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About John Blase

John preached for more than a decade but then decided to start writing and selling his poetry. By day he works as a developmental editor for WaterBrook & Multnomah Publishers in Colorado Springs, Colorado. And while he lives out West, he’ll always be from the South. His books include The Jubilee: Poems; Know When to Hold ’Em: The High Stakes Game of Fatherhood; Touching Wonder: Recapturing the Awe of Christmas; and All Is Grace: A Ragamuffin Memoir. He says he’s a fortunate man with a beautiful wife and three kids who look like their mother.

Just a Spark

By |2020-07-02T12:03:09-04:00July 3rd, 2020|

“We’re in the library, and we can see the flames right outside!” She was scared. We could hear it in her voice. We know her voice—the voice of our daughter. At the same time we knew her college campus was the safest place for her and her almost 3,000 fellow students. The 2018 Woolsey Fire spread more quickly than anyone anticipated—most of all fire personnel...

Straight Ahead

By |2020-06-16T09:02:32-04:00June 18th, 2020|

It used to take the steady eye and the firm hand of a farmer to drive a tractor or combine down straight rows. But even the best eyes would overlap rows, and by end of day even the strongest hands would be fatigued. But now there’s autosteer—a GPS-based technology that allows for accuracy to within one inch when planting, cultivating, and spraying. It’s incredibly efficient and hands-free...

My Father’s Child

By |2020-06-01T11:54:56-04:00June 4th, 2020|

They looked down at the faded photograph, then up at me, then over at my father, then back at me, then back at my father. Their eyes were as wide as the proverbial saucers. “Dad, you look just like Papa when he was young!” My father and I grinned because this was something we’d known for a long time, but it wasn’t until recently that my children came to the same realization...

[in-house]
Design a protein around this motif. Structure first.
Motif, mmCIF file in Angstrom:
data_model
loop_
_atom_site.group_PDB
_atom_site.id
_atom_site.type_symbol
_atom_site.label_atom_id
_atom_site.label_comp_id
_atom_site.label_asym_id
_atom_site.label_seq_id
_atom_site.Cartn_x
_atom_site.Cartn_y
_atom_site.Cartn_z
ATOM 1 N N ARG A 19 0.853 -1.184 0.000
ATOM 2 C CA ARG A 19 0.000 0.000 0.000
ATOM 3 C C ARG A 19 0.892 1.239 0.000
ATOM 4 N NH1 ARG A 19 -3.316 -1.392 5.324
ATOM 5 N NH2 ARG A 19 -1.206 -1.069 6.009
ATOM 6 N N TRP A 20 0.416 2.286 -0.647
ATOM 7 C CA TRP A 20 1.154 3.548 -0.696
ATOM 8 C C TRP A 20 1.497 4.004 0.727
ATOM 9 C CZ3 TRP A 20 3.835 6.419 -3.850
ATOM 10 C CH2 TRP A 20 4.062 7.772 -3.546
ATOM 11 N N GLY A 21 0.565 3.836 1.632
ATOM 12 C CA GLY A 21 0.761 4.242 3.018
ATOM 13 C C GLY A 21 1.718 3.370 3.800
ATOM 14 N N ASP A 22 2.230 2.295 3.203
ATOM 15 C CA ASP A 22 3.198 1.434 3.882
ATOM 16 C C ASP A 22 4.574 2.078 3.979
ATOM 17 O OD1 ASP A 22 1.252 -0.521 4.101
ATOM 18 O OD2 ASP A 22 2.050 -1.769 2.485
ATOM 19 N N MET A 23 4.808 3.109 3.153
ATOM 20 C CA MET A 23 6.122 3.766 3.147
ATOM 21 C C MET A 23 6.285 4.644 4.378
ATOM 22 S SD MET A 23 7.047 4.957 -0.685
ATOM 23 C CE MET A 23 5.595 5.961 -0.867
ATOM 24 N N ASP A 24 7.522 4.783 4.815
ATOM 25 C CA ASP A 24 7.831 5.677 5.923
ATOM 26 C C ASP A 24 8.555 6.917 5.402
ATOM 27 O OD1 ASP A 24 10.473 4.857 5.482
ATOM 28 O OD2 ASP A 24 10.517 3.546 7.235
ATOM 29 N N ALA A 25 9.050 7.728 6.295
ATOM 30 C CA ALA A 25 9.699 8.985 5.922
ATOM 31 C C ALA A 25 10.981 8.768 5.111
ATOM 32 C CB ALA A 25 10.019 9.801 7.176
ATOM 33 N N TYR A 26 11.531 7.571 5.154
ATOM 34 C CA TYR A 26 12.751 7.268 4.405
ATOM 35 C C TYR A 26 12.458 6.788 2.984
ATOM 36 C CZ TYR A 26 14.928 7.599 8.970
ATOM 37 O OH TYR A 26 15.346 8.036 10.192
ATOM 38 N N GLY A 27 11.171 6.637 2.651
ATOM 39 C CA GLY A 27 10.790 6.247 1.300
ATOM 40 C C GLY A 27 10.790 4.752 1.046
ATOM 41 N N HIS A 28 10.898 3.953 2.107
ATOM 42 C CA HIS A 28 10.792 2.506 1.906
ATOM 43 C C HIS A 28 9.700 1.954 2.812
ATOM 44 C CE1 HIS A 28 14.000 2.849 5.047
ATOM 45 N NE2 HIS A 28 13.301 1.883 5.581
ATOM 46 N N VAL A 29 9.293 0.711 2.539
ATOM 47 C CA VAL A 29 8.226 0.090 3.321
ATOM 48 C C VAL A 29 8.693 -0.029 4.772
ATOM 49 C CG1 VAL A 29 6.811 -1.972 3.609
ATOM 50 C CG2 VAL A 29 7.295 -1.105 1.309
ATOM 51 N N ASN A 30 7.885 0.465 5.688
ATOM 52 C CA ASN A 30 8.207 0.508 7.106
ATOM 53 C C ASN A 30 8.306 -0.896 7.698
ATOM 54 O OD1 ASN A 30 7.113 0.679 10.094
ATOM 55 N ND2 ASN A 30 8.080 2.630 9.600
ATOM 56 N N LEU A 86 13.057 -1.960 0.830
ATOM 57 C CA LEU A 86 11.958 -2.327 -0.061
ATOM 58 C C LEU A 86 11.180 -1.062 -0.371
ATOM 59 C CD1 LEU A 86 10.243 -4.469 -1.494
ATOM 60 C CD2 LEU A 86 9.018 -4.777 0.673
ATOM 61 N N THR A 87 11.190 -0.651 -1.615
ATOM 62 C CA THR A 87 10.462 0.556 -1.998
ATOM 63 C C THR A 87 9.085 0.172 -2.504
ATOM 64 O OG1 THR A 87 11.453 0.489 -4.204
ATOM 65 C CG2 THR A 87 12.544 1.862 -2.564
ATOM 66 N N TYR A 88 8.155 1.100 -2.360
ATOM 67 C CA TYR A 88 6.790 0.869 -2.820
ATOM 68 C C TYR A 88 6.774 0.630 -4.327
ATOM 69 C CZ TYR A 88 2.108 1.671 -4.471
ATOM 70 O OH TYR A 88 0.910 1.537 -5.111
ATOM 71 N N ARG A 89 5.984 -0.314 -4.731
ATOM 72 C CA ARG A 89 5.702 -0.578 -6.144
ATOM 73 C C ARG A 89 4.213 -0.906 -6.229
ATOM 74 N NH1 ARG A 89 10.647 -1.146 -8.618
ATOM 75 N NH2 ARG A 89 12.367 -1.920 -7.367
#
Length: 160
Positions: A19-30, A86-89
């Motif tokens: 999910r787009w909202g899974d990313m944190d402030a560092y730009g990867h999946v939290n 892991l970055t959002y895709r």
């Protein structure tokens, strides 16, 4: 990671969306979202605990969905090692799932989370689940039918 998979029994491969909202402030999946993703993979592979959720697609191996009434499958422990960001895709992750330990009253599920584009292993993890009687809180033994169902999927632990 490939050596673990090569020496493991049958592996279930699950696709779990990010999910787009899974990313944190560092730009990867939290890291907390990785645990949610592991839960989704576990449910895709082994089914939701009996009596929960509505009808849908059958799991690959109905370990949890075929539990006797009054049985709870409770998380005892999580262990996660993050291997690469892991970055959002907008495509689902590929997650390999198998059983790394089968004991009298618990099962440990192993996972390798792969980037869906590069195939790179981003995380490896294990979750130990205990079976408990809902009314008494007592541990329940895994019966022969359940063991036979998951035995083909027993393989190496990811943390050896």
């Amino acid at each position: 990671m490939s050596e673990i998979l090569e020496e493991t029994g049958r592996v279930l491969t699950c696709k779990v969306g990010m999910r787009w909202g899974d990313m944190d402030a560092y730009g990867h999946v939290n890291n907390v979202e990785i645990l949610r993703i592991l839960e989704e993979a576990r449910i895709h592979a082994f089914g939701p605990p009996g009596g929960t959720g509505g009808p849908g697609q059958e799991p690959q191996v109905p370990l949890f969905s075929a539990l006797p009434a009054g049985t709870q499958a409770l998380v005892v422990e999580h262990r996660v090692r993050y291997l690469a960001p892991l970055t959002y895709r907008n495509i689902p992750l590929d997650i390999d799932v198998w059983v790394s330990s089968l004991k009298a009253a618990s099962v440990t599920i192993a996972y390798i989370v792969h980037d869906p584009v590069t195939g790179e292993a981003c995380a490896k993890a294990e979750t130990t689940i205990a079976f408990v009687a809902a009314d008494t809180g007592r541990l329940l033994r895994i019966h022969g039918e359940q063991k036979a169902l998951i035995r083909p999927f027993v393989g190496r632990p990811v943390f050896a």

Tell Me a Story

By |2020-05-11T11:52:36-04:00May 16th, 2020|

Once upon a time. Those four words just might be among the most powerful in the entire world. Some of my earliest memories as a boy contain a variation on that potent phrase. My mother came home one day with a large, hardcover illustrated edition of biblical stories—My Good Shepherd Bible Story Book...

Cheerful Givers

By |2020-04-01T16:42:19-04:00April 2nd, 2020|

Years ago, my wife received a small rebate from something she’d purchased. It wasn’t something she’d expected, it just showed up in the mail. About the same time, a good friend shared with her the immense needs of women in another country, entrepreneurial-minded women trying to better themselves by way of education and business. As is often the case, however, their first barrier was financial...

More than Meets the Eye

By |2020-03-04T12:12:09-05:00March 7th, 2020|

Attend any rodeo with riding and roping competition and you’ll see them—competitors with four fingers on one hand and a nub where their thumb should be. It’s a common injury in the sport—a thumb gets caught between a rope on one end and a decent-sized steer pulling on the other, and the thumb is usually the loser. It’s not a career-ending injury, but the absence of a thumb changes things...

We Are Dust

By |2020-02-06T12:36:13-05:00February 9th, 2020|

The young father was at the end of his rope. “Ice cream! Ice cream!” his toddler screamed. The meltdown in the middle of the crowded mall began drawing the attention of shoppers nearby. “Fine, but we just need to do something for mommy first, okay?” the father said. “Nooooo! Ice cream!” And then she approached them: a small, well-dressed woman with shoes that matched her handbag. “He’s having a big fit,” the father said...

Life to the Full

By |2020-01-29T16:19:04-05:00January 29th, 2020|

The year was 1918, near the end of World War I, and photographer Eric Enstrom was putting together a portfolio of his work. He wanted to include one that communicated a sense of fullness in a time that felt quite empty to so many people. In his now much-loved photo, a bearded old man sits at a table with his head bowed and his hands clasped in prayer...

A Lifestyle of Praise

By |2020-01-10T13:37:18-05:00January 12th, 2020|

Wallace Stegner’s mother died at the age of fifty. When Wallace was eighty, he finally wrote her a note—“Letter, Much Too Late”—in which he praised the virtues of a woman who grew up, married, and raised two sons in the harshness of the early Western United States. She was the kind of wife and mother who was an encourager, even to those that were less than desirable...